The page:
Forum recommended funding for group that recruited Flannery
Fine Gael adviser was paid €60,000 a year as a consultant for Philanthropy Ireland
Enda Kenny, Phil Hogan, Richard Bruton and Frank Flannery at the launch of the Fine Gael local election manifesto in 2009. Mr Flannery joined the Taoiseach and the Environment Minister at the publication of his forum’s report inJuly 2012. Photograph: Dara Mac Dónaill/The Irish Times
Philanthropy Ireland, the association that represents a number of Irish philanthropic organisations, was given €631,635 by the Department of Environment, Community and Local Government in 2012, the year Fine Gael adviser Frank Flannery started to work for it on a consultancy basis.
Most of the money, €596,635, went to the National Giving Campaign, an initiative that was one of the key recommendations of a forum set up by the Government to promote philanthropy. Mr Flannery chaired the forum, having been appointed by the Minister for the Environment Phil Hogan.
The chief executive of Philanthropy Ireland, Séamus Mulconry, said Mr Flannery’s consultancy work, for which he was paid €60,000 a year, was not paid out of the funding for the National Giving Campaign, nor from any public money received by the organisation.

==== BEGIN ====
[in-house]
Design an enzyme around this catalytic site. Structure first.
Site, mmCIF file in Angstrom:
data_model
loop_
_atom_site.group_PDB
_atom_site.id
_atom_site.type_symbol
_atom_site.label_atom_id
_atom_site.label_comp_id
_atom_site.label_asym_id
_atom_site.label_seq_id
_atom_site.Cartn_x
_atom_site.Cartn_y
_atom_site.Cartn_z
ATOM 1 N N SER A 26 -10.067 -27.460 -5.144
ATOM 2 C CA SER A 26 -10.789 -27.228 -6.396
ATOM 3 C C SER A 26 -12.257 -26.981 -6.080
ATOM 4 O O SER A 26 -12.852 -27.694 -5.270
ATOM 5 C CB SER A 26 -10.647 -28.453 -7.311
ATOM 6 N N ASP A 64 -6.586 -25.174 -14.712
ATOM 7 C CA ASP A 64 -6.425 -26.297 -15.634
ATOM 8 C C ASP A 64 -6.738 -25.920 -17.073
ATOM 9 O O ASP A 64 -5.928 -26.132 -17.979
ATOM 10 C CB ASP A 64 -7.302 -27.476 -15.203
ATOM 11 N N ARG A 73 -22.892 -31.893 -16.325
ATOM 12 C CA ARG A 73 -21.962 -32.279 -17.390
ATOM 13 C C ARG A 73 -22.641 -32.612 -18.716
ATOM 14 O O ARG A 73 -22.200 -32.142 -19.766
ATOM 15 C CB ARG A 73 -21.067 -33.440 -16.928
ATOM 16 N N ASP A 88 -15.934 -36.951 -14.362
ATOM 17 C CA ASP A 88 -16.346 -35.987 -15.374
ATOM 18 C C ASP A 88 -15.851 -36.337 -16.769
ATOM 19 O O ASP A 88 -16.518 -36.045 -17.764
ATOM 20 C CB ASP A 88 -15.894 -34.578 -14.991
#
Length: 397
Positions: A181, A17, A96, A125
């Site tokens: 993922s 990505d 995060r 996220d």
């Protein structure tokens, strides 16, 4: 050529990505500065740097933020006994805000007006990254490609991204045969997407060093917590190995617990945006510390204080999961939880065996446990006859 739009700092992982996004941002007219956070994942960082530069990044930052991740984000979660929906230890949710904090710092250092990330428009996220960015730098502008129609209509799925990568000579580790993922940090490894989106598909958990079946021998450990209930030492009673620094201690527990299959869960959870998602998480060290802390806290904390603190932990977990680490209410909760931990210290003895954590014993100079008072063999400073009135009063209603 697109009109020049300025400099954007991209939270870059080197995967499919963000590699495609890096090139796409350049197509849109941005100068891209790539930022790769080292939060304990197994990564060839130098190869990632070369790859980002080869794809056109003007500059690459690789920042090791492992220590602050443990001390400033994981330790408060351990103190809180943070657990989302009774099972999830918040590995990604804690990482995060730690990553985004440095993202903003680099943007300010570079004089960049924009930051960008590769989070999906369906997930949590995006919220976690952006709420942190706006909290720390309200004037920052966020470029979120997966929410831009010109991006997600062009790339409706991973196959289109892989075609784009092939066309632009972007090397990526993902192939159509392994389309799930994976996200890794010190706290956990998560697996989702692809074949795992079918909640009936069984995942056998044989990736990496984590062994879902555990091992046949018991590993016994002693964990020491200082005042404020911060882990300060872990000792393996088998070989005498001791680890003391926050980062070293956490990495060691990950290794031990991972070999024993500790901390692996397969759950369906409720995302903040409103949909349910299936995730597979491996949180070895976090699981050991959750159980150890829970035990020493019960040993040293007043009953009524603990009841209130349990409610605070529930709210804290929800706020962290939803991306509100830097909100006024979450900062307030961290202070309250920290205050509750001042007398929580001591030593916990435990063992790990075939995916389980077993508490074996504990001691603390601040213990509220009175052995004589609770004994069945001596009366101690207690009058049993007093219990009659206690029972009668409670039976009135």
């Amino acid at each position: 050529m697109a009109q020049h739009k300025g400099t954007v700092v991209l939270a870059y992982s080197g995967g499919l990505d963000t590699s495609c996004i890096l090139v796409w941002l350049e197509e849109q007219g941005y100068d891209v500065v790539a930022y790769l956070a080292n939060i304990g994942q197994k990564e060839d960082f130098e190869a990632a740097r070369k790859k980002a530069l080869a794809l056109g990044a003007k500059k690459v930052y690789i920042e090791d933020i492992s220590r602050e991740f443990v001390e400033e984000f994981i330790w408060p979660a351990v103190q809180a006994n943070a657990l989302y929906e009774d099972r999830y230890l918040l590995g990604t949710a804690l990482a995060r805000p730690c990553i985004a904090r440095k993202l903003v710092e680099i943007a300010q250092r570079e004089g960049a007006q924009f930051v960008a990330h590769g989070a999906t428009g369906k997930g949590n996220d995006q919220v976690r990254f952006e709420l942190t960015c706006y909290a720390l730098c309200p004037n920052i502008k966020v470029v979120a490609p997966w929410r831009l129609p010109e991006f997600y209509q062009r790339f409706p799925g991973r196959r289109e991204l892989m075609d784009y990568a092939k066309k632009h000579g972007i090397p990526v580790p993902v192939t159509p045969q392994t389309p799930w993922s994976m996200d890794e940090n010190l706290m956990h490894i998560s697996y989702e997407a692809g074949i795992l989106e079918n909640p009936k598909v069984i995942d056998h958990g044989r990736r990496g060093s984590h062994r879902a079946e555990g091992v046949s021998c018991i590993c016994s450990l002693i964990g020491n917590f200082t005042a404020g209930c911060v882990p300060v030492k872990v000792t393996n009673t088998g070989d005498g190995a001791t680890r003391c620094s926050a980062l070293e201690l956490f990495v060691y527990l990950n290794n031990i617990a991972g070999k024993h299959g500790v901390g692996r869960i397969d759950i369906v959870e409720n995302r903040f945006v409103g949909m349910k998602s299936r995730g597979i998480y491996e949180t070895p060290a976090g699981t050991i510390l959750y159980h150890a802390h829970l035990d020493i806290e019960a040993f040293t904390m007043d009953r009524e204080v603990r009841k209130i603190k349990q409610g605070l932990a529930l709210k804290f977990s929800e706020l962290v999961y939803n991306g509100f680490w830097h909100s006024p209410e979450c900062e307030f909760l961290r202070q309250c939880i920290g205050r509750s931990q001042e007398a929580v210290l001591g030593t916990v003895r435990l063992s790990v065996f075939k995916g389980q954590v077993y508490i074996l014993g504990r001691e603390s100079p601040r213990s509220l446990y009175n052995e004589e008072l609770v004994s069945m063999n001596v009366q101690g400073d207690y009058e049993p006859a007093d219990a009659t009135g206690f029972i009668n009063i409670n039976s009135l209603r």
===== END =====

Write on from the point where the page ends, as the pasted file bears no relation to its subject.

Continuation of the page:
The 2012 accounts for Philanthropy Ireland show it received €165,565 from voluntary donations, and €631,635 from Mr Hogan’s department.
Mr Mulconry said the forum’s report was submitted to the Governmentin draft form in September/October 2011, and in final form in December 2011, and the decision to allocate money to the National Giving Campaign was made at that stage.
He said Mr Flannery had put a huge amount of work into the report, on an unpaid basis. Mr Mulconry said it was his own idea that Mr Flannery be asked to work on a paid basis on the implementation of the report’s recommendations. The idea was approved by the organisation’s board.
Mr Flannery began his paid work in June 2012, although the contract was not signed until November 2012, Mr Mulconry said. This meant Mr Flannery had begun his consulting work for Philanthropy Ireland by July 2012, when the forum’s report was published in the National Library at a ceremony attended by Taoiseach Enda Kenny, Mr Hogan and Mr Flannery.
Mr Hogan said at the launch that he had allocated €1.1 million that year to support the implementation of the report’s agenda.
Mr Mulconry said the invoices submitted by Mr Flannery for his work were personal, as against company invoices, and he had not charged Philanthropy Ireland using the company Laragh Consulting.
Mr Flannery used Laragh Consulting to invoice the Rehab Group, of which he was a director, for Government lobbying he conducted for Rehab in 2011 and 2012. The company has been dissolved since 2009, having been established two years’ earlier and never having filed accounts. Mr Flannery told The Irish Times said some weeks ago that despite the use of the dissolved company, there were no tax issues between him and the Revenue arising from the use of the company.
The former Fine Gael adviser and trustee also conducts lobbying work for Insight PR, a company that acts for Rehab, but has said he does not do any work for Rehab by way of Insight. He has refused in the past to say who his clients are.